Robot-waiters remotely controlled by differently abled people serve at a cafe in Japan
Nov 27, 2018 16:18 PM IST
It’s no secret that humans have been obsessed with the concept of robots serving them.
The pilot run of the cafe started today and will be open till 7 December.
Robots have occupied space in the reel life as things that are superior to humans, but in the real world, robots seem to have been made to blend in and help out humans.
This new cafe comprises five OriHime-D robots who are 1.2 metres tall and weigh about 20 kg. They are designed to send video and audio via the internet which will allow the ones operating them to direct the waiter-robots.
The humans operating the robots may have conditions such as amyotrophic lateral sclerosis which is a form of motor neuron disease as mentioned in Japan Today. The controllers of these waiter-robots can work from home on their tablets or computers.
The developer of these robots, Kentaro Yoshifuji, chief executive officer of Ory Lab said that he wants to “create a world in which people who can’t move their bodies can work too,” as per the report in SCMP.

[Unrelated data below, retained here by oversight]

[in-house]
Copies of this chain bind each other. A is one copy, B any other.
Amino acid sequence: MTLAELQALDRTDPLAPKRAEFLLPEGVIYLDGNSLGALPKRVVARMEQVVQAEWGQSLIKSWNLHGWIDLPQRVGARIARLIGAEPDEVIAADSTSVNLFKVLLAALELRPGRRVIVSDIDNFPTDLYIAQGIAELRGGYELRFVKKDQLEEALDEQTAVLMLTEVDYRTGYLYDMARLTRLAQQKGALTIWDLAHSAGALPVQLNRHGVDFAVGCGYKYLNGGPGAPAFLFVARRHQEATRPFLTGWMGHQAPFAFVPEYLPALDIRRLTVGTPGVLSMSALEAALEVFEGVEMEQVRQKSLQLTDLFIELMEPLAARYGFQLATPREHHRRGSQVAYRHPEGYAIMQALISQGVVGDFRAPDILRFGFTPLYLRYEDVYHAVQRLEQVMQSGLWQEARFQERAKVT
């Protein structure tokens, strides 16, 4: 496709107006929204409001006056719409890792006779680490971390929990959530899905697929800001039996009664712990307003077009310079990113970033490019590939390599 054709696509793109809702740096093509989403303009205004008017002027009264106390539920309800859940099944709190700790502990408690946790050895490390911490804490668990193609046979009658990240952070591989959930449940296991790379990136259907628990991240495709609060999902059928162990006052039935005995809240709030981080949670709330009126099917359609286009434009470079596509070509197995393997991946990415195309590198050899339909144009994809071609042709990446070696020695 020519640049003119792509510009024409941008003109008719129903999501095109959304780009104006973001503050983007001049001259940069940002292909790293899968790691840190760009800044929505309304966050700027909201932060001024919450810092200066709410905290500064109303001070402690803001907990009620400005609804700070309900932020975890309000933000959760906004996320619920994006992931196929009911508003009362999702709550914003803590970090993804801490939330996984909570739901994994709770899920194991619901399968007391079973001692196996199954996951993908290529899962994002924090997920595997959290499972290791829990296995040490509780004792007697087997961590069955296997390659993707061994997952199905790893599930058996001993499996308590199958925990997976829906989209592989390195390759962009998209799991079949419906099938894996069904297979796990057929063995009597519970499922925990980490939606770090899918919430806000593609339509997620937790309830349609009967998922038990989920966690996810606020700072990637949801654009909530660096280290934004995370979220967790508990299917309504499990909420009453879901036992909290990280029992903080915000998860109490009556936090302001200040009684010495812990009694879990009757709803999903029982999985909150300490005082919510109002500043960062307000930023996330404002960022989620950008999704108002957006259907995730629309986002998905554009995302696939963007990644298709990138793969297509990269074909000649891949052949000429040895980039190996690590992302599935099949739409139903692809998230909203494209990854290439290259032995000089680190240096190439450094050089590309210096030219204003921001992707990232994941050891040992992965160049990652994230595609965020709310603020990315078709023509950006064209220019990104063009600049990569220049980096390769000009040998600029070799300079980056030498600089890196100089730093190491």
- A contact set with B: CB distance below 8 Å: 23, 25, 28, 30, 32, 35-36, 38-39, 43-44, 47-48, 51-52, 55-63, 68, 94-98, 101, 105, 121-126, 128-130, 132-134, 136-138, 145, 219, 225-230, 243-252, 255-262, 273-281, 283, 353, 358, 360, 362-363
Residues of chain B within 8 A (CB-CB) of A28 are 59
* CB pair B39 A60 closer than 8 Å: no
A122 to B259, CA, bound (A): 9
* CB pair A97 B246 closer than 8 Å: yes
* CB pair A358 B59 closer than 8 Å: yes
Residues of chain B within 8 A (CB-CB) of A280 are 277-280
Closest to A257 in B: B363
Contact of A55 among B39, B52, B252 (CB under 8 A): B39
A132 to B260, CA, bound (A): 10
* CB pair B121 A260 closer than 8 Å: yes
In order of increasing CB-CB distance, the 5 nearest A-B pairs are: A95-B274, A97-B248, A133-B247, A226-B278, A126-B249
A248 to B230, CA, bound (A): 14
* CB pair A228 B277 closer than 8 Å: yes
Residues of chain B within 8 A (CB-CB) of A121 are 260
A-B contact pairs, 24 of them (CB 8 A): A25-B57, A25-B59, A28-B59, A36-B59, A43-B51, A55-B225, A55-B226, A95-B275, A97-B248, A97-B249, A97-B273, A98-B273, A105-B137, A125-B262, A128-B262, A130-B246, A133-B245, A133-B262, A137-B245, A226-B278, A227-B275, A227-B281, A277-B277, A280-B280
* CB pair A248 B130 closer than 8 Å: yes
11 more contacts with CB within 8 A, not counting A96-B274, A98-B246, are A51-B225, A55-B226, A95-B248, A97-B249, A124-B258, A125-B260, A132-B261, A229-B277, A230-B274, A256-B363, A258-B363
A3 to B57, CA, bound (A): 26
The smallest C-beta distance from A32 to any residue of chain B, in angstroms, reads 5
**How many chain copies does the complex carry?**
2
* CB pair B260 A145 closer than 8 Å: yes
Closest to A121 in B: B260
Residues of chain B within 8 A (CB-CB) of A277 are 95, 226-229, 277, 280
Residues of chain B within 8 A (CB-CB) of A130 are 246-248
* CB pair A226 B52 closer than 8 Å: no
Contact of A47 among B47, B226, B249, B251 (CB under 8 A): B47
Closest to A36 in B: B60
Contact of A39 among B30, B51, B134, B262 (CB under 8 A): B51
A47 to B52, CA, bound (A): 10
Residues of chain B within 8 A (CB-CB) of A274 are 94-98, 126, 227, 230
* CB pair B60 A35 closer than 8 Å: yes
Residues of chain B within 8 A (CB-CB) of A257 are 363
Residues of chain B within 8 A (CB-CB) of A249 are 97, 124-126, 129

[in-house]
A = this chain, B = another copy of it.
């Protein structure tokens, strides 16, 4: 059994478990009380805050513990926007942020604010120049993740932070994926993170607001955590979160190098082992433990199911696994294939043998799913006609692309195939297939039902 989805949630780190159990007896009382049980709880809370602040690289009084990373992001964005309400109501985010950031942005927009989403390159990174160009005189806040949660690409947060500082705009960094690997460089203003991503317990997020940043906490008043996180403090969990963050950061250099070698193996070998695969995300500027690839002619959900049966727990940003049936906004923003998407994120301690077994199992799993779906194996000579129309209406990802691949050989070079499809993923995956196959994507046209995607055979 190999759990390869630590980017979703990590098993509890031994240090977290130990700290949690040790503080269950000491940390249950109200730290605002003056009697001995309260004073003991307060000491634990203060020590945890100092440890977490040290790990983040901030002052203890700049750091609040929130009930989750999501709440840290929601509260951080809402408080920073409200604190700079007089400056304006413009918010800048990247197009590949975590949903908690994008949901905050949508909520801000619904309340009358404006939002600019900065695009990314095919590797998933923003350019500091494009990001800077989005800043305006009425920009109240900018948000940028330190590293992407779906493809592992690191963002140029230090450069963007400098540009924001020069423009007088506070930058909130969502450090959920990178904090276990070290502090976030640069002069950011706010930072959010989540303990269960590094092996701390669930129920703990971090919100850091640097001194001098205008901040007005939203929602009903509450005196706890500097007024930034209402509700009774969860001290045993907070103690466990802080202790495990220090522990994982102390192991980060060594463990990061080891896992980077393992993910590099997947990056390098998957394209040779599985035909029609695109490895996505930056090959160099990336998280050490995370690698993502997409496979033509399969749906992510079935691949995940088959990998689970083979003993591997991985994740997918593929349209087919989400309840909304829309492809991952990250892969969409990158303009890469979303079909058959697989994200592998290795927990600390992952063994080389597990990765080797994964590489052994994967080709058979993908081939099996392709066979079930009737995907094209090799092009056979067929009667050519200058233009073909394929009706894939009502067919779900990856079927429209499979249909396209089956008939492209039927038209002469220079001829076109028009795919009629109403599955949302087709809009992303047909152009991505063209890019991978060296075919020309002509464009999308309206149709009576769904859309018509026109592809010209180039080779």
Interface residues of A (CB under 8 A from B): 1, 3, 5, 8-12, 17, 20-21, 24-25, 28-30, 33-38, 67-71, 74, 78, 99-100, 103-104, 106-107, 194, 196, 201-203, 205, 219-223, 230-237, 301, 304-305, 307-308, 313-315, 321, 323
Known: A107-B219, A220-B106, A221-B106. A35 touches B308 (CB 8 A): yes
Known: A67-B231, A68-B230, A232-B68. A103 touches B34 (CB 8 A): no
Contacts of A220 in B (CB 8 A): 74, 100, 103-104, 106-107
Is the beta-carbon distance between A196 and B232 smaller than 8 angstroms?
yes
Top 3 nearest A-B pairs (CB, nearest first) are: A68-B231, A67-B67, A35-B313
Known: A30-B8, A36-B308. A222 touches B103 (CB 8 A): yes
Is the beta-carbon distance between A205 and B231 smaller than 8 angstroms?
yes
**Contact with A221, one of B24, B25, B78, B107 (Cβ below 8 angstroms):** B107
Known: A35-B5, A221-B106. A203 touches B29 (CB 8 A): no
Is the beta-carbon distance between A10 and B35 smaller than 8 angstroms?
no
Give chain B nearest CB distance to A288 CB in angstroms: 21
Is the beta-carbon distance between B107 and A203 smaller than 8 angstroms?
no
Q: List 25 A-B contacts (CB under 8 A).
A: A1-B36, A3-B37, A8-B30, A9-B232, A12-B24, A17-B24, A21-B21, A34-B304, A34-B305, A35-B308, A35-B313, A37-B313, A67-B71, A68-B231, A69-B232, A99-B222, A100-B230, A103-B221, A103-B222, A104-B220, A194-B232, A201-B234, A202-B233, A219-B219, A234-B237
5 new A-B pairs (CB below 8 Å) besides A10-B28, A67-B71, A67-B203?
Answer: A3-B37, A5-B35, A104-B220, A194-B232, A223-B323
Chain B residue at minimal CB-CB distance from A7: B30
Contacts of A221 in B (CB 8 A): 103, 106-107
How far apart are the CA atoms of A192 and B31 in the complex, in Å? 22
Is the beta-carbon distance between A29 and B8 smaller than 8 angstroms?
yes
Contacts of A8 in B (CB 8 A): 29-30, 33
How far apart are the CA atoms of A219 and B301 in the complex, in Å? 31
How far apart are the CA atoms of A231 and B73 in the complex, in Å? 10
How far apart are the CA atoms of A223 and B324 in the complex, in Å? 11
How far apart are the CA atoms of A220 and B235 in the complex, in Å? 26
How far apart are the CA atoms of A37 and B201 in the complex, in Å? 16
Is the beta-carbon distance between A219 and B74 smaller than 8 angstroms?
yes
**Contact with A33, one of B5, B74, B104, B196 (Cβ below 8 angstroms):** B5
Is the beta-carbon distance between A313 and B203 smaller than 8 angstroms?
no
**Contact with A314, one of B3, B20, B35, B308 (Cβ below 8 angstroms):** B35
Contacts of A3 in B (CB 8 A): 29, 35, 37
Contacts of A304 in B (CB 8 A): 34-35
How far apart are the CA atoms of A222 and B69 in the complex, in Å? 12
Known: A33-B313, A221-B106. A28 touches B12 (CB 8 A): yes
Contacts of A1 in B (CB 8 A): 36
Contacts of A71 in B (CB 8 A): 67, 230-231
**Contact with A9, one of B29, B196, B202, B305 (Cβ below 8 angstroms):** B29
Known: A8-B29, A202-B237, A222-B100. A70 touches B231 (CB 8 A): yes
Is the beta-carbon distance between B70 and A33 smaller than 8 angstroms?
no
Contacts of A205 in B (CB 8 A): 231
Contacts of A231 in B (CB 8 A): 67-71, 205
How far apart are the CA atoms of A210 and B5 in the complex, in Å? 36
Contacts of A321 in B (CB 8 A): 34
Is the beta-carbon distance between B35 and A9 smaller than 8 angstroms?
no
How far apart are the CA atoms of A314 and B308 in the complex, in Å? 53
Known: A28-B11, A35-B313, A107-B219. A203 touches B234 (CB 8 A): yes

There will be ten people who will be working as per their shifts for 1,000 yen per hour.
As cited by Engadget, at a demonstration held in August which showed how the system would work, a robot waiter was controlled by Nozomi Murata, who suffers from autophagic vacuolar myopathy that causes atrophy of skeletal muscles.
Ory Lab along with Nippon Foundation and ANA Holdings Inc aims to launch a permanent cafe by the 2020 Tokyo Olympics and Paralympics.
Ory Laboratory has also produced smaller OriHime robots that are 21.5 cm tall and weigh about 600 grams which have been introduced by about 70 companies for telecommuting. They are also said to be used remotely in classrooms by students who cannot attend school due to illness or other reasons.